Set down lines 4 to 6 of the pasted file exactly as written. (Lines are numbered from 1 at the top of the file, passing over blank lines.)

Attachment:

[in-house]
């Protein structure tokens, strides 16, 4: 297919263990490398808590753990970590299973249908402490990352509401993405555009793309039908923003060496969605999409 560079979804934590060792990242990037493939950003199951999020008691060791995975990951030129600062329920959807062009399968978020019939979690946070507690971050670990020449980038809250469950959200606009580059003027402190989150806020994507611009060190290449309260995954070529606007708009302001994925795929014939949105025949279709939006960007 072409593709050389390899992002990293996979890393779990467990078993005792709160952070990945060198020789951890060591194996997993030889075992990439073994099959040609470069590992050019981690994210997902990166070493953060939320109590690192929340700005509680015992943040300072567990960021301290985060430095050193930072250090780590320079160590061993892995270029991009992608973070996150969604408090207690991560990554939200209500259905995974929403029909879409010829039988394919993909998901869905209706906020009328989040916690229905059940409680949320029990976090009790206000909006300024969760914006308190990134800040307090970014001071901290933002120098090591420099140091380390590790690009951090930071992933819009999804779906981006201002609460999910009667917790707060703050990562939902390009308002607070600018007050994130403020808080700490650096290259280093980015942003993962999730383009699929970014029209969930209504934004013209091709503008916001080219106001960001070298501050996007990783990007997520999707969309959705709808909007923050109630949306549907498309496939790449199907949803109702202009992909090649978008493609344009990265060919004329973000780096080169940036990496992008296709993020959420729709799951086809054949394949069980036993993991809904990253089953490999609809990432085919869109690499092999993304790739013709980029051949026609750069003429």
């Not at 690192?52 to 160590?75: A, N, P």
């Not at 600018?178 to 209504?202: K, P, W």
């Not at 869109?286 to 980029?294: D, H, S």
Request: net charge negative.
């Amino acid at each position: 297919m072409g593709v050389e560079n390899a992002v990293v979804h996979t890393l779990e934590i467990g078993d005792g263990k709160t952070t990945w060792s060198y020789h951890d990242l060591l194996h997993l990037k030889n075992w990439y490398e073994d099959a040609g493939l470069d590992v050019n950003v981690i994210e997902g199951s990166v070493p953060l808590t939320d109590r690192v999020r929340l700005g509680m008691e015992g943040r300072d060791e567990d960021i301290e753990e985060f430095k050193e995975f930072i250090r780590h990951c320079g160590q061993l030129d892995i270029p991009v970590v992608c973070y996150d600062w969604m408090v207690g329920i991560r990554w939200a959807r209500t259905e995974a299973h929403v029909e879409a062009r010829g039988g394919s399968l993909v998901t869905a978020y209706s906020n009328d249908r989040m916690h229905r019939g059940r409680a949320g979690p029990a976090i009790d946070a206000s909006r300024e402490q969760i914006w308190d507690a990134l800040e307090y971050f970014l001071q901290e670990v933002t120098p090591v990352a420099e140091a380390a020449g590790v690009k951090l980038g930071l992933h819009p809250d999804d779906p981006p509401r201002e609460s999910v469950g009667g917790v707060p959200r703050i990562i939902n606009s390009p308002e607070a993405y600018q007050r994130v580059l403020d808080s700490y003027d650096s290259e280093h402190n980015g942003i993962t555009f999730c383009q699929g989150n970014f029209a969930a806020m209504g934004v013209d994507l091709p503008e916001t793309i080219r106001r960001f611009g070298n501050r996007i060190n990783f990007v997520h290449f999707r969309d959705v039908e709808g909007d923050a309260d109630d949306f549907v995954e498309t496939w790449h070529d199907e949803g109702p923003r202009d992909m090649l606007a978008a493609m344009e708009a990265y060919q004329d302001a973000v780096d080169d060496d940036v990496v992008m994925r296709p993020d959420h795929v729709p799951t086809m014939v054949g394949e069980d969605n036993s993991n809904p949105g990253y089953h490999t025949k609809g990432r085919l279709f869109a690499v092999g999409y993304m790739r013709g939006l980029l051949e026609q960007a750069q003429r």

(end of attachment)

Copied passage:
């Not at 600018?178 to 209504?202: K, P, W």
């Not at 869109?286 to 980029?294: D, H, S």
Request: net charge negative.